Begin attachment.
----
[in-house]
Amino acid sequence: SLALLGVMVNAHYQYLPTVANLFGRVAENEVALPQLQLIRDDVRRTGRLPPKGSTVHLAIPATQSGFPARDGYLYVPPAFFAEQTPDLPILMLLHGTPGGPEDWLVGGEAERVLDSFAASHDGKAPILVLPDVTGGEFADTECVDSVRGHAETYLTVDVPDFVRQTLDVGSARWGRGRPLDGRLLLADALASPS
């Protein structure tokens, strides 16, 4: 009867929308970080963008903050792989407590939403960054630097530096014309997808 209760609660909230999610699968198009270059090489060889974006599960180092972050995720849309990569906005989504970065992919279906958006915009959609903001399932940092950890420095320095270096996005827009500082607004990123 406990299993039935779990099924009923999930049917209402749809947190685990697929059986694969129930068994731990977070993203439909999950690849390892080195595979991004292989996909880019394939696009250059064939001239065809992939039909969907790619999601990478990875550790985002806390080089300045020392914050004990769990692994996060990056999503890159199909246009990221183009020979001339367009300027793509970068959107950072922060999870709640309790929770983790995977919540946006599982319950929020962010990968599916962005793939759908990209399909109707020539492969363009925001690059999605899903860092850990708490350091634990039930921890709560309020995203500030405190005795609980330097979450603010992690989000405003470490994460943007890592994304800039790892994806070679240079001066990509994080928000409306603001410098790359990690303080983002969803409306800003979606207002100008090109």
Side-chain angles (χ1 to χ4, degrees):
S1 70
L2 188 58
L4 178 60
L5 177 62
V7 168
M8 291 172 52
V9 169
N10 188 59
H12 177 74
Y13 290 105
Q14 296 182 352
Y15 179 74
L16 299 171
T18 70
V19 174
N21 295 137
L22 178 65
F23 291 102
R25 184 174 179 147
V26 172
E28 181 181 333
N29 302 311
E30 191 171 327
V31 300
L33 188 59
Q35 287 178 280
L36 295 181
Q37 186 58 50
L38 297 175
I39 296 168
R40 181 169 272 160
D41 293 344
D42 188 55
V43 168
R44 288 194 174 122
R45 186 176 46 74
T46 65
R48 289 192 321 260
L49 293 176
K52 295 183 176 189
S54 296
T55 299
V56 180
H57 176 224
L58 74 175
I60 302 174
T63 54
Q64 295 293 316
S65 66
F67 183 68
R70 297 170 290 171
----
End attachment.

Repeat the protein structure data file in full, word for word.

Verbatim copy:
[in-house]
Amino acid sequence: SLALLGVMVNAHYQYLPTVANLFGRVAENEVALPQLQLIRDDVRRTGRLPPKGSTVHLAIPATQSGFPARDGYLYVPPAFFAEQTPDLPILMLLHGTPGGPEDWLVGGEAERVLDSFAASHDGKAPILVLPDVTGGEFADTECVDSVRGHAETYLTVDVPDFVRQTLDVGSARWGRGRPLDGRLLLADALASPS
């Protein structure tokens, strides 16, 4: 009867929308970080963008903050792989407590939403960054630097530096014309997808 209760609660909230999610699968198009270059090489060889974006599960180092972050995720849309990569906005989504970065992919279906958006915009959609903001399932940092950890420095320095270096996005827009500082607004990123 406990299993039935779990099924009923999930049917209402749809947190685990697929059986694969129930068994731990977070993203439909999950690849390892080195595979991004292989996909880019394939696009250059064939001239065809992939039909969907790619999601990478990875550790985002806390080089300045020392914050004990769990692994996060990056999503890159199909246009990221183009020979001339367009300027793509970068959107950072922060999870709640309790929770983790995977919540946006599982319950929020962010990968599916962005793939759908990209399909109707020539492969363009925001690059999605899903860092850990708490350091634990039930921890709560309020995203500030405190005795609980330097979450603010992690989000405003470490994460943007890592994304800039790892994806070679240079001066990509994080928000409306603001410098790359990690303080983002969803409306800003979606207002100008090109």
Side-chain angles (χ1 to χ4, degrees):
S1 70
L2 188 58
L4 178 60
L5 177 62
V7 168
M8 291 172 52
V9 169
N10 188 59
H12 177 74
Y13 290 105
Q14 296 182 352
Y15 179 74
L16 299 171
T18 70
V19 174
N21 295 137
L22 178 65
F23 291 102
R25 184 174 179 147
V26 172
E28 181 181 333
N29 302 311
E30 191 171 327
V31 300
L33 188 59
Q35 287 178 280
L36 295 181
Q37 186 58 50
L38 297 175
I39 296 168
R40 181 169 272 160
D41 293 344
D42 188 55
V43 168
R44 288 194 174 122
R45 186 176 46 74
T46 65
R48 289 192 321 260
L49 293 176
K52 295 183 176 189
S54 296
T55 299
V56 180
H57 176 224
L58 74 175
I60 302 174
T63 54
Q64 295 293 316
S65 66
F67 183 68
R70 297 170 290 171